I am trying to interpret the symbol $L( \frac{1}{2}, \pi \times \chi)$ where $\chi = \mathbb{A}^\times / \mathbb{Q}^\times$ and $\pi$ is a cuspidal representation of $GL_2( \mathbb{A})$ (where $\mathbb{A}$ are the adeles over $\mathbb{Q}$), something like $$ \mathbb{A} = \prod' \mathbb{Q}_p $$

where we use a "restricted" product in order to avoid axiom of choice difficulties<\del>.

I was told cusp forms match cuspidal representations of $GL(2, \mathbb{A})$ Let me write down a cusp form:

$$ \theta(z; u) = \sum_{(a,b) \in \mathbb{Z}^2} (a^2 - b^2) \,e^{2\pi i (a^2 + b^2 ) \, z}$$

and I can even write down the L-function without too much thought

$$ L(\tfrac{1}{2}, \pi \times \chi) = \sum_{(a,b) \in \mathbb{Z}^2} \frac{a^2 - b^2}{a^2 + b^2} =? \, 0$$

It might not even be correct.

Since $u(a,b)=a^2-b^2$ is a harmonic polynomial in two variables, the theta function I have written should be a modular form on $\Gamma_0(4)$ of weight $2+1/2+1/2=3$. And it should be a cusp form. Not 100% sure about $z=\frac{1}{2}$.

  • $\begingroup$ Could you explain more how did u obtain your L value formula "without too much thought"? Where is chi in your formula? $\endgroup$
    – Q-Zhang
    Nov 19, 2017 at 17:49
  • $\begingroup$ @QingZhang $\chi \equiv 1$ identically. Part of my question is to write out $\pi$. $\endgroup$
    – cactus314
    Nov 19, 2017 at 17:50
  • $\begingroup$ Could u explain more on your last formula? $\endgroup$
    – Q-Zhang
    Nov 19, 2017 at 18:01
  • $\begingroup$ Why is the right side convergent? $\endgroup$
    – Q-Zhang
    Nov 19, 2017 at 18:02
  • $\begingroup$ @QingZhang Like I said I didn't put much thought, but then I really don't understand the definition of the automorphic L-function. $\endgroup$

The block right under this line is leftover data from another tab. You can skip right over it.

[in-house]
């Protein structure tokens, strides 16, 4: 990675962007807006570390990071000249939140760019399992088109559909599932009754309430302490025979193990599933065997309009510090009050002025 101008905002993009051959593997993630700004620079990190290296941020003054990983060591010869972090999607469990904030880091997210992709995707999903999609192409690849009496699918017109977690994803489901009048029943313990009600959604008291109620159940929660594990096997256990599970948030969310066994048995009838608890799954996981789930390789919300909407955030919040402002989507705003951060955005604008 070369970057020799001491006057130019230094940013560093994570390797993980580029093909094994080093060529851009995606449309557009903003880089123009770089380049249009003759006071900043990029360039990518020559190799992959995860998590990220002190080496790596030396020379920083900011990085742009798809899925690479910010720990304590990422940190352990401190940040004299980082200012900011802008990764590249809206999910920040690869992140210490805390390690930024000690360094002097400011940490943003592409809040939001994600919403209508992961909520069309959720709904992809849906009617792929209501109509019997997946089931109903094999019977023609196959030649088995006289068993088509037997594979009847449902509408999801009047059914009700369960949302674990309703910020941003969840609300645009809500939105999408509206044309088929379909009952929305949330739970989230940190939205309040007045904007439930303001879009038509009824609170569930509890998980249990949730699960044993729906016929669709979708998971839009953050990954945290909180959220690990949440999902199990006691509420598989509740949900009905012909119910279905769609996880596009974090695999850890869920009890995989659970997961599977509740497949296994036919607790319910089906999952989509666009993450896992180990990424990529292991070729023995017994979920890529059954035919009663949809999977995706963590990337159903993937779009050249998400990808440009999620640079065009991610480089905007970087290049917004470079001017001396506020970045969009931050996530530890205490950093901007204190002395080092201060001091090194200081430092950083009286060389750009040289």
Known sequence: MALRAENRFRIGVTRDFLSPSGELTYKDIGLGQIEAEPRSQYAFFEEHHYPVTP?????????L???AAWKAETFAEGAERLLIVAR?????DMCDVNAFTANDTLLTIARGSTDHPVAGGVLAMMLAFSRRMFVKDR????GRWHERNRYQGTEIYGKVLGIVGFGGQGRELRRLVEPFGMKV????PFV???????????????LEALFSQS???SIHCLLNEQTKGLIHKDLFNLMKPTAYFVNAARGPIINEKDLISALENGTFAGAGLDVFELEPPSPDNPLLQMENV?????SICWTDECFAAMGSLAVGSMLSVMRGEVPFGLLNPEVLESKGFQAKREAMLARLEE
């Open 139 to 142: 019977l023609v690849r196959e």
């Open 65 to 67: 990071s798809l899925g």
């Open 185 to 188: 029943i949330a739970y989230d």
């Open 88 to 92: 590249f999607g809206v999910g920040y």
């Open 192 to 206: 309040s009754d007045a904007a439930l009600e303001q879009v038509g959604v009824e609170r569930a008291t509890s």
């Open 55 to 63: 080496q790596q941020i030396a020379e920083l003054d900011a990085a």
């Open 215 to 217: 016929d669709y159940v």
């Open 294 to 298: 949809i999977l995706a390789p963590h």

– cactus314
    Nov 19, 2017 at 18:04

1 Answer 1


For $f(z) = \sum_{n=0}^\infty a_n e^{2i \pi nz} \in M_k(\Gamma_0(N))$ then $$f \otimes \chi(z) = \sum_{n=0}^\infty a_n \chi(n) e^{2i \pi nz} =\frac{1}{q} \sum_{m=1}^q \hat{\chi(m)} f(z+\frac{m}{q}) \in M_k(\Gamma_0(N q^2),\chi^2)$$ for any primitive Dirichlet character modulo $q$, where $ \hat{\chi(m)} = \sum_{n=1}^q \chi(n) e^{-2i \pi nm/q} = \overline{\chi(m)} \hat{\chi(1)}=\overline{\chi(m)}G(\chi)$. For $\chi$ non-primitive $\hat{\chi(m)}$ is more complicated (not completely multiplicative) and hence $f \otimes \chi$ is only modular for $\Gamma_1(N q^2)$.

Proof : for $\gamma = {\scriptstyle\begin{pmatrix}a & b\\ cNq^2 & d \end{pmatrix}} \in \Gamma_0(Nq^2)$ and $T^{m/q} = {\scriptstyle\begin{pmatrix}1 & \frac{m}q\\ 0 & 1 \end{pmatrix}}$ then $T^{m/q} \gamma T^{-d^2 m/q} =\gamma_m \in \Gamma_0(Nq^2)$. Thus $f \otimes \chi|_k \gamma (z)$ $=\frac{1}{q} \sum_{m=1}^q \hat{\chi(m)} f |_k T^{m/q}\gamma (z)=\frac{1}{q} \sum_{m=1}^q \hat{\chi(m)} f|_k \gamma_m T^{d^2 m/q} (z)$ $=\frac{1}{q} \sum_{m=1}^q \hat{\chi(m)} f|_k T^{d^2 m/q} (z)= \ldots$

You can interpret $f \mapsto f \otimes \chi$ as a double coset operator, similar to the Hecke operators.

For automorphic representations, the meaning is the same, except we can interpret it as a tensor product of representations (looking first at twists of Artin L-functions is easier).

See also the Rankin-Selberg convolution, allowing to twist by any automorphic representation/L-function.

  • $\begingroup$ do you have a name or e-mail ? i could try to respond here. what Automorphic representations correspond to spherical harmonics? $\endgroup$
    – cactus314
    Dec 30, 2017 at 2:07
  • $\begingroup$ does the Dirichlet series in this question have a representation as an automorphic form? math.stackexchange.com/questions/2570742/… fortunately your twist works for any series $\endgroup$
    – cactus314
    Dec 30, 2017 at 2:10
  • $\begingroup$ i still have no idea what an automorphic form is so $f \otimes \chi $ is a better object for me, since i manipulate the series. $\endgroup$
    – cactus314
    Dec 30, 2017 at 2:21

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